In his State of the Union address, President Obama compared high-speed rail to the 19th-century transcontinental railroads as parallel examples of American innovation. I fear he may be right.
For the country as a whole, the Pacific Railway Act of 1864 and subsequent legislation subsidizing the transcontinental railroads — the lines that crossed the continent from the 98th meridian to the Pacific Coast — were the worst laws money could buy. By encouraging dumb growth, those laws sacrificed public good for private gain, and Americans came to regret it.
It is not that either transcontinental railroads or high-speed railroads are always bad ideas. A compelling case can be made for high-speed rail between Boston and Washington, for example, but the administration proposes building high-speed lines in places where there is no demonstrated demand. In California, construction of the new high-speed rail line from San Francisco to San Diego will begin with a line from Borden to Corcoran in California’s Central Valley. It is already being derided as the train to nowhere. The reduction of federal subsidies has not stopped the project, which now threatens to become a forlorn monument to hubris.
Proponents of the transcontinental railroads promised all kinds of benefits they did not deliver. They claimed that the railroads were needed to save the Union, but the Union was already saved before the first line was completed. The best Western farmlands would have been settled without the railroads; their impact on other lands was often environmentally disastrous. For three decades California commodities could move more cheaply, and virtually as quickly, by sea. The subsidies the railroads received enriched contractors and financiers, but nearly all the railroads went into receivership, some multiple times; the government rescued others.
As more astute members of Congress came to recognize, the subsidies were a mistake. One described the major drawback of a proposal for the government to guarantee bonds: “If there be profit, the corporations may take it; if there be loss, the government must bear it.”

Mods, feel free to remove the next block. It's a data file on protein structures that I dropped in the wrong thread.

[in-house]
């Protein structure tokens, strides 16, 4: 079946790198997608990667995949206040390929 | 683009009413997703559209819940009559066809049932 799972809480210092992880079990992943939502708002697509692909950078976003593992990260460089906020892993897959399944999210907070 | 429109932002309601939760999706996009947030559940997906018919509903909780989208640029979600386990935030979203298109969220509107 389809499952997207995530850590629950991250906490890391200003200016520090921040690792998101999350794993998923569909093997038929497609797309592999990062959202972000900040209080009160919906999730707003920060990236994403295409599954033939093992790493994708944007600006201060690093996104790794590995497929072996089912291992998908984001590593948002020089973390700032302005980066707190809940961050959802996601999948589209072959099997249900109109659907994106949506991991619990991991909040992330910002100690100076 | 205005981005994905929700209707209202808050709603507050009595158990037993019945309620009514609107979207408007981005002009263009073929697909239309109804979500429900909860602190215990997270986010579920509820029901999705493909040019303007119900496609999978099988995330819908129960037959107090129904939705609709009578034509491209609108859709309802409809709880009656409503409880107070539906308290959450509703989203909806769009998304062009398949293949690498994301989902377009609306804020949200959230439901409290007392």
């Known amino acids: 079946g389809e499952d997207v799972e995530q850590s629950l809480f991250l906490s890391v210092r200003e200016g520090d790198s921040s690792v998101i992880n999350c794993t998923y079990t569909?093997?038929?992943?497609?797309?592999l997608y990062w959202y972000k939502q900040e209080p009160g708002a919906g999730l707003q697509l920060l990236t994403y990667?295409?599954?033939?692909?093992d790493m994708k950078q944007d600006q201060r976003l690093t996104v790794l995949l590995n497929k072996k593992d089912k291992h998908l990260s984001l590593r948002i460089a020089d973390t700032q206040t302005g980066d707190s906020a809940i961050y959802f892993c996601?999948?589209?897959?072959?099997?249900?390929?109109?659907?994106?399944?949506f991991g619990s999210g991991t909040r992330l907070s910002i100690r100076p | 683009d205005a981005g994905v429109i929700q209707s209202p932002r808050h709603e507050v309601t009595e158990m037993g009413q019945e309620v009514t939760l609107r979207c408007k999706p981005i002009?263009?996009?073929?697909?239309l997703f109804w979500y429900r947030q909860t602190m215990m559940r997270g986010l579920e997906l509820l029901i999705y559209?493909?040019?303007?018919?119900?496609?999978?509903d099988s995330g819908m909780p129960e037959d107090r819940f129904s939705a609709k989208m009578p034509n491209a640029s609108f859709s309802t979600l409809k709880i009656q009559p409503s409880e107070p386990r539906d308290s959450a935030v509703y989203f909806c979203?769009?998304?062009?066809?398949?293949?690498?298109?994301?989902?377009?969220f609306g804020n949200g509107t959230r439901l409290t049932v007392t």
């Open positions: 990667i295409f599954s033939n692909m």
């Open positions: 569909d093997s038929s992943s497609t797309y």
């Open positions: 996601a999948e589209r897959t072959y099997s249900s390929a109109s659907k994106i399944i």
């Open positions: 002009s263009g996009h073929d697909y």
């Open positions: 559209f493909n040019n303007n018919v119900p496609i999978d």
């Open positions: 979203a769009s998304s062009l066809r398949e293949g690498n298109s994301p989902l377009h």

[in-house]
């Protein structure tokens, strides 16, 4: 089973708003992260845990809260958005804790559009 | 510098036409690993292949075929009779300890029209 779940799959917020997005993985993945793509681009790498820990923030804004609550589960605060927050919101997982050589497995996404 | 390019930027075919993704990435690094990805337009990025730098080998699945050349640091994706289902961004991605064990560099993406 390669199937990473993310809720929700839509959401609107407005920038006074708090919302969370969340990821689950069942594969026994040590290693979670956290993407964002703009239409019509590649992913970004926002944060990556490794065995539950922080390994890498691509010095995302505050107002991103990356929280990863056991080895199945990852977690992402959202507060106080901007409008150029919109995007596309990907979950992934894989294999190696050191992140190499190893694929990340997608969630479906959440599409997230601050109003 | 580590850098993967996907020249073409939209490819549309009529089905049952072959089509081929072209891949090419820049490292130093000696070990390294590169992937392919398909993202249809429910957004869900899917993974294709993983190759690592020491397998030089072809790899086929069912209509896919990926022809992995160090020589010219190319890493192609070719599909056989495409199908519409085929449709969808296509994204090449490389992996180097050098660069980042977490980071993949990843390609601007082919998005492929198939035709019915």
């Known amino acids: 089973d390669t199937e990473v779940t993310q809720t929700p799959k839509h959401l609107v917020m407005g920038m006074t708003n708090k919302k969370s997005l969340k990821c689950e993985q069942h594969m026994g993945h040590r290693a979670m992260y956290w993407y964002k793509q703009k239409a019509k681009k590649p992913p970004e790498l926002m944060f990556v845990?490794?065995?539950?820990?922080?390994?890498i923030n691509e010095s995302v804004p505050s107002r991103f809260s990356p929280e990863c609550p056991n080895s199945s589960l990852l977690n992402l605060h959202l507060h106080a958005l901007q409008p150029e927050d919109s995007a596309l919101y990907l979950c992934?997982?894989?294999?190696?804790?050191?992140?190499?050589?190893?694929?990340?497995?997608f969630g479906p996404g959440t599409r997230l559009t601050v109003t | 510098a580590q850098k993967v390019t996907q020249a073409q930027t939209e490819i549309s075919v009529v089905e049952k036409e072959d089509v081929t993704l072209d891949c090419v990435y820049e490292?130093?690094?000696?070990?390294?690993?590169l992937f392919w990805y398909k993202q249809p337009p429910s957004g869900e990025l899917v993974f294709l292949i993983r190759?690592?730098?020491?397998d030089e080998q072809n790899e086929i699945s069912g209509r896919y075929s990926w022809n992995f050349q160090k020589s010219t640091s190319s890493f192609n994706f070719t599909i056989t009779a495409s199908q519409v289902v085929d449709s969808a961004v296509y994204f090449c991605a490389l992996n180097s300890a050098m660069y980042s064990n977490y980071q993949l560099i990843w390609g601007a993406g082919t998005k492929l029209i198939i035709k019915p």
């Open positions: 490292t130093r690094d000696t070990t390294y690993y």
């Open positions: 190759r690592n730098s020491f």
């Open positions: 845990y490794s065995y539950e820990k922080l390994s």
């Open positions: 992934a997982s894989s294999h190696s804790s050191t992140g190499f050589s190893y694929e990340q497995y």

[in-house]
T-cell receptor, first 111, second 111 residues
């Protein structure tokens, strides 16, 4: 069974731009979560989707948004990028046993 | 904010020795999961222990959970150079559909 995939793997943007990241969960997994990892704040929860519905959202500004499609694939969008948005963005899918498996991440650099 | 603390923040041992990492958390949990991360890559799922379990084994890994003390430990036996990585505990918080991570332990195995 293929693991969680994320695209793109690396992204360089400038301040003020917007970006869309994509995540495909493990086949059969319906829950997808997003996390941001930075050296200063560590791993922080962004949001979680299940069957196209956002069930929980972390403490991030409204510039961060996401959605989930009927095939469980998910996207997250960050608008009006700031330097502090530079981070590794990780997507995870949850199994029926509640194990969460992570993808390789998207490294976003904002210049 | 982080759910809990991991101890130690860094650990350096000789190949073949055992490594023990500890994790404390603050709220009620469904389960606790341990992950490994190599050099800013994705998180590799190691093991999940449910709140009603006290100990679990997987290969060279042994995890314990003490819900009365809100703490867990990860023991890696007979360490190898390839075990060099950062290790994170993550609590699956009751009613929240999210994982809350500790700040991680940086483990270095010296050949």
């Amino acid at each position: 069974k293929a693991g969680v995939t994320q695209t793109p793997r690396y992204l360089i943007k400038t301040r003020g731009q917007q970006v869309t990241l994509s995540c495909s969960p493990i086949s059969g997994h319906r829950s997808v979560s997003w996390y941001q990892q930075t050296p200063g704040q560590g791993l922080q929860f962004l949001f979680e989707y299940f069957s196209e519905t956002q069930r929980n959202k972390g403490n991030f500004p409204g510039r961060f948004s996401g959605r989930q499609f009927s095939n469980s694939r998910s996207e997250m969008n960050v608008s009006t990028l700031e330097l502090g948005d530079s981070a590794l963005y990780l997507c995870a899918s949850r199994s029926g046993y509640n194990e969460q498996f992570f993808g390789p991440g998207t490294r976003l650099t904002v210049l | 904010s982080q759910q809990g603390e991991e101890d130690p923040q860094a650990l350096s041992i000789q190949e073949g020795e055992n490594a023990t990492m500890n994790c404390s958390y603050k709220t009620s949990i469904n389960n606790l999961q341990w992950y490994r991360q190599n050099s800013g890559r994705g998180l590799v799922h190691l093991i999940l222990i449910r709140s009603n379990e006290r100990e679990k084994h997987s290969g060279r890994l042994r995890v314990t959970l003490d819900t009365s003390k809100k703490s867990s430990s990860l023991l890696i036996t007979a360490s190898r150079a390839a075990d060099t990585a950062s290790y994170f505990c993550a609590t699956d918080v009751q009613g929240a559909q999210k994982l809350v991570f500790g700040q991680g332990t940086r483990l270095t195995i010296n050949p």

After 1872, the country turned against the subsidizing of large corporations. It was a little late. Fraud and failure left a legacy that would lead to four decades of government attempts to get back what had so carelessly been given away. In the 1890s, Congress was still trying to recover money from the Pacific Railway.
Yet here we are again. The Obama administration proposed a substantial subsidy, $53 billion over six years, to induce investors to take on risk that they are otherwise unwilling to assume. Such subsidies create what the economist Robert Fogel has called “hothouse capitalism”: government assumes much of the risk, while private contractors and financiers take the profit.
As before, California has become the heartland for railroad dreams. California in the 1860s and 1870s needed a regional railway feeding the ports on San Francisco Bay, and today it needs better urban rail and improved freight systems. Instead, in the 1860s it got the Pacific Railway, and today it gets high-speed rail. And, as it did in the 1860s, California has sweetened the pot with subsidies of its own: a $9 billion bond issue. State law stipulates that the California High-Speed Rail Authority, which is planning, contracting for, and, eventually operating the system, will not get operational subsidies. It, not taxpayers, will pay its operating costs and its debts.
Those assurances are based on rosy and widely ridiculed ridership projections. Critics, the most trenchant of whom are part of the Community Coalition on High-Speed Rail, say that only two high-speed rail routes run without operating subsidies: Paris to Lyon and Osaka to Tokyo.
Without bond guarantees, private investors, which so far seem more prone to due diligence than the California High-Speed Rail Authority, have yet to put up money. The most astonishing thing is that even as financial problems force California to dismantle its social safety net, eviscerate its educational system, and watch its roads crumble, it has agreed on a plan for high-speed rail that demands substantial local subsidies and certainly will involve further concessions by the state to attract private investment.
It is as if a family, with one spouse out of work, unable to meet mortgage payments or school tuition, eagerly takes out a loan to buy an electric car after an uncle offers to share the cost. The catch is that there is no upper limit on the price, and the neighbors have to chip in. Nineteenth-century Americans would have grasped the analogy.